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Want to Catch a Meteor Shower? Here's How

Science

There's nothing like watching a meteor shower. If you haven't had the chance to see meteors streak across the sky yet this season, here's how you can.

A Delta Aquarid meteor shoots across the top left of the picture.Photo credit: Mike Lewinski, Flickr

The Delta Aquarids, an annual meteor shower that typically peaks around late July, is happening right now. The event started around July 12 but will peak next week around July 28 and 29. Delta Aquarids create unusually long tails due to their angle of entry into the atmosphere, according to the National Aeronautics and Space Administration (NASA).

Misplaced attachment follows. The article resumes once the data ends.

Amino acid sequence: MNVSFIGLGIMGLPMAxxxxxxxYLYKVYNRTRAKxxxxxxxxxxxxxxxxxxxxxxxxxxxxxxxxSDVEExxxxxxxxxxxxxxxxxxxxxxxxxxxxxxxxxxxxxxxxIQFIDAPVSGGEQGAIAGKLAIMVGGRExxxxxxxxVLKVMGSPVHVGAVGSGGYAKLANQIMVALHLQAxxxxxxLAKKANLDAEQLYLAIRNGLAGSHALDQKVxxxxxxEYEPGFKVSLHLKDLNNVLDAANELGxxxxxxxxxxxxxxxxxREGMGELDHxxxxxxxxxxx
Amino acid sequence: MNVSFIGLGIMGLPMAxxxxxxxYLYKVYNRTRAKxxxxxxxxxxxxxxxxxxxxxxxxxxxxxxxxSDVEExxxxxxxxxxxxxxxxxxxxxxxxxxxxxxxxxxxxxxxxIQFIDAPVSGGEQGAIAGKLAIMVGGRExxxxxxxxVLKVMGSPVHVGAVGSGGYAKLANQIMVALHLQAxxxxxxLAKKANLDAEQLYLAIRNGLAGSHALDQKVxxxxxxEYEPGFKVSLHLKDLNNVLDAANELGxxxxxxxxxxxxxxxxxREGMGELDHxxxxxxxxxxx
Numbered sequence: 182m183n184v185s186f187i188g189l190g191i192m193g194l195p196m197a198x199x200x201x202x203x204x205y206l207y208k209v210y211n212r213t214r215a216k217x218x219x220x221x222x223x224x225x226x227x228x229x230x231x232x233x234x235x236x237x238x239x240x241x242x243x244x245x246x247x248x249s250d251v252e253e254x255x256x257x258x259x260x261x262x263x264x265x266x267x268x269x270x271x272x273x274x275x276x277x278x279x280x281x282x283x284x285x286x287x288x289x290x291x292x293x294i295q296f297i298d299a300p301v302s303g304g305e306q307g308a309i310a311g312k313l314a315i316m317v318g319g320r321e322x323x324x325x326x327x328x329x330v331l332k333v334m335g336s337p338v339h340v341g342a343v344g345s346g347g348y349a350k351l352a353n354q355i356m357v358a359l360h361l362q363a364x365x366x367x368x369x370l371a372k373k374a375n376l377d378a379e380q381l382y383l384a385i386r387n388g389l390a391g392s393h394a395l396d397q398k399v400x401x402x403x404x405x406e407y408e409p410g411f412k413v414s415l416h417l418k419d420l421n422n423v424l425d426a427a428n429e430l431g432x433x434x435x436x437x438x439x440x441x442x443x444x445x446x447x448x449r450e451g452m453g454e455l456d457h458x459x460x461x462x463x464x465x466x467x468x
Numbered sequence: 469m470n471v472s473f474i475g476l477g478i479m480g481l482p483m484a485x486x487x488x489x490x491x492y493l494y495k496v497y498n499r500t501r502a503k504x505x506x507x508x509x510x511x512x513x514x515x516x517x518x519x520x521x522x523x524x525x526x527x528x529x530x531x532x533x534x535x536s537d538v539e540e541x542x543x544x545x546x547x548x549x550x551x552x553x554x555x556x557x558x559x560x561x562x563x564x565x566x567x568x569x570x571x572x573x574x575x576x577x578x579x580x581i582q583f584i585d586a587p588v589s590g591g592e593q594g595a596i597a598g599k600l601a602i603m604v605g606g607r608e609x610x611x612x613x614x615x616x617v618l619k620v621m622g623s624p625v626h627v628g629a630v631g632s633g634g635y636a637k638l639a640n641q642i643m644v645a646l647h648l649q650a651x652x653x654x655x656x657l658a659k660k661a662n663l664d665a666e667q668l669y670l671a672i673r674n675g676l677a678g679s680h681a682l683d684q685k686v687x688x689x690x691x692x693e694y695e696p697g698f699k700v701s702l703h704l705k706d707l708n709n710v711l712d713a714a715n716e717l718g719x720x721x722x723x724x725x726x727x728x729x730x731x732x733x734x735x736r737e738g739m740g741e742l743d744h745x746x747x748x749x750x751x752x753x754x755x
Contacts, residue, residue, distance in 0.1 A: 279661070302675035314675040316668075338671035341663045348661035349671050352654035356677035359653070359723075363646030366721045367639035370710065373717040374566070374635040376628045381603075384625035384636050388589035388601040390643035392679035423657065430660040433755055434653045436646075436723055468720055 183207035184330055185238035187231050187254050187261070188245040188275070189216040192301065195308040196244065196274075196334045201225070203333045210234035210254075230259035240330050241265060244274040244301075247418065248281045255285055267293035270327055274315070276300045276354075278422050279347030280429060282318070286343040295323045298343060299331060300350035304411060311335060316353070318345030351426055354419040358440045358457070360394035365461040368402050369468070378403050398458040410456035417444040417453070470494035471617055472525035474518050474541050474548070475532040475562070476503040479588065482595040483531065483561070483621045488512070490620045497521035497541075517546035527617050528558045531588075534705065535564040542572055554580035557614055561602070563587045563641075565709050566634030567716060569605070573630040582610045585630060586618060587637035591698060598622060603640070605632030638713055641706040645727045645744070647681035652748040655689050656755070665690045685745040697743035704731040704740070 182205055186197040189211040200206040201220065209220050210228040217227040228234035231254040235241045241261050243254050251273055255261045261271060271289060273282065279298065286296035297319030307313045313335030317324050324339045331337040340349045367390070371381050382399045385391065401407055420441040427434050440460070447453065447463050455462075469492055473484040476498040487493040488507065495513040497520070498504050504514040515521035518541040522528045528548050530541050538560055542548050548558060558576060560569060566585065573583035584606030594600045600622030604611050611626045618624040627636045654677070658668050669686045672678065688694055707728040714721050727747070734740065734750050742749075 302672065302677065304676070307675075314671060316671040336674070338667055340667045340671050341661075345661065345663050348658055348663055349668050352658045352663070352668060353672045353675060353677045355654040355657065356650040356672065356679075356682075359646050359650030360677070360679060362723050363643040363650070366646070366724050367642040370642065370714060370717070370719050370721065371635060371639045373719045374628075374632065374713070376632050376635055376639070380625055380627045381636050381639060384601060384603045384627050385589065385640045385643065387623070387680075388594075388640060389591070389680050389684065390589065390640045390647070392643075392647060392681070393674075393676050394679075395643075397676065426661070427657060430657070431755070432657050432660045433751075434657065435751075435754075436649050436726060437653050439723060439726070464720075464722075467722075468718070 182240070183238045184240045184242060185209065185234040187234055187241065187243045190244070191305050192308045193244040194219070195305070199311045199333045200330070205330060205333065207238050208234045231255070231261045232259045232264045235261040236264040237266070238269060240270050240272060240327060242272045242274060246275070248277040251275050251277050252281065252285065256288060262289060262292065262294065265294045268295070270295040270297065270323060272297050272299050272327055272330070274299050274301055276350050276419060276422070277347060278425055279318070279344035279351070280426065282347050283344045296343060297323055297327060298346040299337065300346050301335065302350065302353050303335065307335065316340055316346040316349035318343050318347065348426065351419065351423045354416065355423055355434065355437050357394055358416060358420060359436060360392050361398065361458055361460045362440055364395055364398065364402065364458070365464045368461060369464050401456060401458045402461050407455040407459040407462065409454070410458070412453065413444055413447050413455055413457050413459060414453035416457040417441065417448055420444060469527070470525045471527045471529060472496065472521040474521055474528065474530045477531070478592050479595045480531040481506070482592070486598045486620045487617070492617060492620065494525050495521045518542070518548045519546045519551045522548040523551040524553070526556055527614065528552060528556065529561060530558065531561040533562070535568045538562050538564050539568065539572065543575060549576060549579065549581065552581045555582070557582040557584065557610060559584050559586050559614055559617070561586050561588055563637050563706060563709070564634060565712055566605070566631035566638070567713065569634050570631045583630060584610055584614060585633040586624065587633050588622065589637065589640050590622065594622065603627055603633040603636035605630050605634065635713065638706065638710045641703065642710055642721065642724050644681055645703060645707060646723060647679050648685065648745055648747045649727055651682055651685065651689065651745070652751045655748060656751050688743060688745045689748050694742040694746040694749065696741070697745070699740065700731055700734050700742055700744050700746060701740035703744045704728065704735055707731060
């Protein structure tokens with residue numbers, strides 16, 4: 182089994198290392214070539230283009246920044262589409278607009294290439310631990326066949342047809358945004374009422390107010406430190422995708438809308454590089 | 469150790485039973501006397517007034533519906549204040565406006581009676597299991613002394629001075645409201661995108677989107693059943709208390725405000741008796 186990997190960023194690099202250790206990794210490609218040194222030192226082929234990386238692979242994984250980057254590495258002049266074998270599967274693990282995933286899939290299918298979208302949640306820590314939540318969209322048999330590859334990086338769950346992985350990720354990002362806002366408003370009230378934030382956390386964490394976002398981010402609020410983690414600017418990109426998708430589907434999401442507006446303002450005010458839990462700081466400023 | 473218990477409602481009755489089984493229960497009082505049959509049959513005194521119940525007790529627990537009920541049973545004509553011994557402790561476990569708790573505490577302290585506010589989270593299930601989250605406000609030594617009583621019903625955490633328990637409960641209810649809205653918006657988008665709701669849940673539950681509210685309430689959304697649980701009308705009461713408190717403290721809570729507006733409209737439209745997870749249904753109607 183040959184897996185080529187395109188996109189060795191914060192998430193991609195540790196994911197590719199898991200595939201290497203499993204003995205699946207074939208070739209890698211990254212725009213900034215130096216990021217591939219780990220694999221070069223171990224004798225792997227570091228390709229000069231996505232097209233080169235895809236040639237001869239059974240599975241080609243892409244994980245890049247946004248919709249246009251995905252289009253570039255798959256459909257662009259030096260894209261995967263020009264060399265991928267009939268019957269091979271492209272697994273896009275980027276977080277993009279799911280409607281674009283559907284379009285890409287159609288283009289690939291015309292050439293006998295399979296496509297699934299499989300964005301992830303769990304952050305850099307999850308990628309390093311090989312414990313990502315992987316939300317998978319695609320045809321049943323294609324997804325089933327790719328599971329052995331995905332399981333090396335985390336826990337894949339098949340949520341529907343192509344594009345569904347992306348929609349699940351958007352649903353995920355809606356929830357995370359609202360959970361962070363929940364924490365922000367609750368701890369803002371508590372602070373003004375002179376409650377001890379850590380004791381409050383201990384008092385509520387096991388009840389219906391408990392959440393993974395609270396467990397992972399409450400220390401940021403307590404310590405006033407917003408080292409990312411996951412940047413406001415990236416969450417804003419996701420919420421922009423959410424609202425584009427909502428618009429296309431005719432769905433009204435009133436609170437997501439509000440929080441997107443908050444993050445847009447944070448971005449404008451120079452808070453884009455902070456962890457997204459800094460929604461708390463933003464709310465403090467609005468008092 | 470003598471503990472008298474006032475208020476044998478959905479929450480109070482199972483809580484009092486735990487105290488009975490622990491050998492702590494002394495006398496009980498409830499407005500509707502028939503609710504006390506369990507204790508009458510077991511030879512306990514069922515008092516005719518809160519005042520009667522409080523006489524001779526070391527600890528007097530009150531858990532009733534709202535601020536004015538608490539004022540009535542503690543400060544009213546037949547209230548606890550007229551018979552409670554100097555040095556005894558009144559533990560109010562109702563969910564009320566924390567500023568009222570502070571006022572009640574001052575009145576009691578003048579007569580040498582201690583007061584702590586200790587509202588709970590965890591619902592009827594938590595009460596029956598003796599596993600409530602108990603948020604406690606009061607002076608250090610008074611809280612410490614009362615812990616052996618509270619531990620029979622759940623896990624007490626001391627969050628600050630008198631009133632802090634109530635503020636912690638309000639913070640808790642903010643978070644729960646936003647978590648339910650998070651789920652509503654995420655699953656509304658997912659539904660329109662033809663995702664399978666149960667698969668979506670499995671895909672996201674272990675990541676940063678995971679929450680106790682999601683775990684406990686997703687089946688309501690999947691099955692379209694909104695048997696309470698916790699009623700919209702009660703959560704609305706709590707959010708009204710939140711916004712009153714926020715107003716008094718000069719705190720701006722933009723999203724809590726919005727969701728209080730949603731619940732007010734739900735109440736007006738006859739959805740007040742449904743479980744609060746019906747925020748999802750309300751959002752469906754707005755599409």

At the shower's peak, it is possible to see 20 meteors an hour. The Delta Aquarids do tend to favor the Southern Hemisphere, but observers in the Northern Hemisphere can still catch a spectacular show.

The Delta Aquarids will continue until Aug. 23, overlapping with the Perseid meteor shower, one of the most popular meteor showers. The Perseid meteors are associated with the comet Swift-Tuttle. They receive their name from their point of entry into the atmosphere, which lies in the constellation Perseus.

The Perseids tend to peak in mid-August.

So how can you catch a glimpse of these showers?

The best time to watch for the shooting stars is around 2 or 3 a.m. Delta Aquarids will be better seen in a dark sky, free of moonlight and artificial lights, Science Alert reported. But if you still can't catch a glimpse, the online observatory Slooh will provide a live broadcast of the shower from the Canary Islands.

The broadcast will also include astronomers discussing the shower and answering questions from the public.

Watch the live broadcast below:

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